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Dan Bell, RIP | The Nation

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Eric Alterman

Eric Alterman

Well-chosen words on music, movies and politics, with the occasional special guest.

Dan Bell, RIP

I’ll be in Washington next week. I’m giving a lunchtime talk at the Center for American Progress on Tuesday, February 1 at noon, but you have to rsvp. Details are here. That may be full already, though, but I’ll be giving another talk the same night, February 1, at Busboys and Poets at 14th and V at 6:30. Come say hello. US News did an interview with me for the book here.

Ok, back to work. I’ve got a new Think Again called “Craven News Network” about CNN and Ms. Bachmann’s address, and that’s here.

And OK, I’m sorry, but these Tea Party types are idiots. Bachmann, above, is the worst. (How ironic that they profess to reify the constitution when the woman they appoint as their spokesperson doesn’t know a damn thing about what’s in it. Ended slavery? I guess that’s true if you don’t include black people. And lookit Sarah Palin: The Soviet Union collapsed because the Soviets spent so much money winning the space race and no serious person should take them seriously. And now take a look at these know-nothing congressmen, pawns of the NRA, who won’t even allow research on the incidence of gun deaths to take place.)

And these—many of the same people, who won’t allow the CBO to run honest numbers on the cost of healthcare reform and its repeal. These people are proud of their ignorance. No wonder Fox is so popular with their fans and CNN so salivates after their numbers. What could be easier than to make money catering to peoples’ ignorant prejudices? You can fire the entire reporting staff and just make stuff up.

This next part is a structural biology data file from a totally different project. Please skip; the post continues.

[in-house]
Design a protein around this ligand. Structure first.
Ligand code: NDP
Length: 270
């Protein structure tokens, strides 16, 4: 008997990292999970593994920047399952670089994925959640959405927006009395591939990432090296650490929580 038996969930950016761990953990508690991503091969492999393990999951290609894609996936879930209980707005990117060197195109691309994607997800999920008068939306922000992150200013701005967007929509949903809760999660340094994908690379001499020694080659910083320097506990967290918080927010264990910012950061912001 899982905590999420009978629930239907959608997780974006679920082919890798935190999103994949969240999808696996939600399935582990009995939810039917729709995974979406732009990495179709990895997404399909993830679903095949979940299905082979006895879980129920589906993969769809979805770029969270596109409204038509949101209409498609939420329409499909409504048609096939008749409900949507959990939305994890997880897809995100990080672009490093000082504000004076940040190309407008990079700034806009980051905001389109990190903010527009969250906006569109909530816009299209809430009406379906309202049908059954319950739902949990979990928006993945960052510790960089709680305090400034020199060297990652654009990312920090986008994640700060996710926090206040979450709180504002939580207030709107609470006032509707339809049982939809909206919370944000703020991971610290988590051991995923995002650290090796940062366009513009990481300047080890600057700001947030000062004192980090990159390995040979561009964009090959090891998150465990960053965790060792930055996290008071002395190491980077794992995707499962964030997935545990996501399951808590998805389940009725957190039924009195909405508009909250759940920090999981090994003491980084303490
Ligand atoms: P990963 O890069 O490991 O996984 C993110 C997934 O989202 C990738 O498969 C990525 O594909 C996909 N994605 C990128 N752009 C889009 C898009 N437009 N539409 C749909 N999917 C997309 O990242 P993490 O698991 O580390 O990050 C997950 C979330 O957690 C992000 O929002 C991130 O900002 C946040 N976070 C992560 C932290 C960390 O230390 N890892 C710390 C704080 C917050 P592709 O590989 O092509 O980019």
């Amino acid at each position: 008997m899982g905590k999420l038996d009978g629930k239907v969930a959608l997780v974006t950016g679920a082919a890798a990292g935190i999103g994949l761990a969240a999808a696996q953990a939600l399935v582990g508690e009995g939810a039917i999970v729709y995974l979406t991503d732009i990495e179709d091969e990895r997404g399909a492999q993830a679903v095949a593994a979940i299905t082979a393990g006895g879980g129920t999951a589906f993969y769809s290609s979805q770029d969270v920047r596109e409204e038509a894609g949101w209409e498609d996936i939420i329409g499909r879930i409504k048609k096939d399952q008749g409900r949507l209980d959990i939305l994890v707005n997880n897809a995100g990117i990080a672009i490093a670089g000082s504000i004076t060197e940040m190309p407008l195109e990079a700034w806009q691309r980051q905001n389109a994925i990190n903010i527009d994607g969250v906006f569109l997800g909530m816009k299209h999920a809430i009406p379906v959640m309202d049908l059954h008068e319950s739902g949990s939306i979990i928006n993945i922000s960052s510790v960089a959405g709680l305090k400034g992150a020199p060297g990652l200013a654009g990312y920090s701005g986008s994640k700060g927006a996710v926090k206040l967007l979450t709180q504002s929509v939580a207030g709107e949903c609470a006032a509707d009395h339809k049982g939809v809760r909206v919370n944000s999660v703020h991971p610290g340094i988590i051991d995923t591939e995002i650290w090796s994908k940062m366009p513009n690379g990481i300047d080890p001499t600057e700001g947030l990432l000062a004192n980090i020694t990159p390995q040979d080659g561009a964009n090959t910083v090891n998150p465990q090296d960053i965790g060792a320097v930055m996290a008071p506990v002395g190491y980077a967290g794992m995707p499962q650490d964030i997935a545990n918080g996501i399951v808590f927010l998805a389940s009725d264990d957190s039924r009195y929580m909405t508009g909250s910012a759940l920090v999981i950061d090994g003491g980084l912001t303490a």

* * *

I mourn the loss of Daniel Bell, the very archetype of a committed liberal intellectual who kept his head about him when so many were losing theirs, and who managed to hold onto the friendships of people with whom he stridently disagreed, something I admire enormously but do not always pull off. I got to know him a bit late in life and was deeply proud of his interest in my work, critical as he could be. And while I am undoubtedly a better liberal for his work, it’s fair to say I might not be as committed an anti-Communist were it not for his patient conversations with me about why anti-Communism, at this late date, mattered at all, particularly to liberalism.

He told me, as he told many people, that he quit Public Interest, the journal he co-founded with Irving Kristol, because of the latter's drift to the right, and Bell’s belief that friendship was more important than politics.

In the same journal, he wrote, “The Public Interest began as a journal that was anti-ideological, with the hope that a public philosophy would emerge out of reasoned discourse; it is now enlisted in an ideological campaign against liberalism.” “The Revolt Against Modernity,” The Public Interest, Fall 1985.

My sympathies to his family.

* * *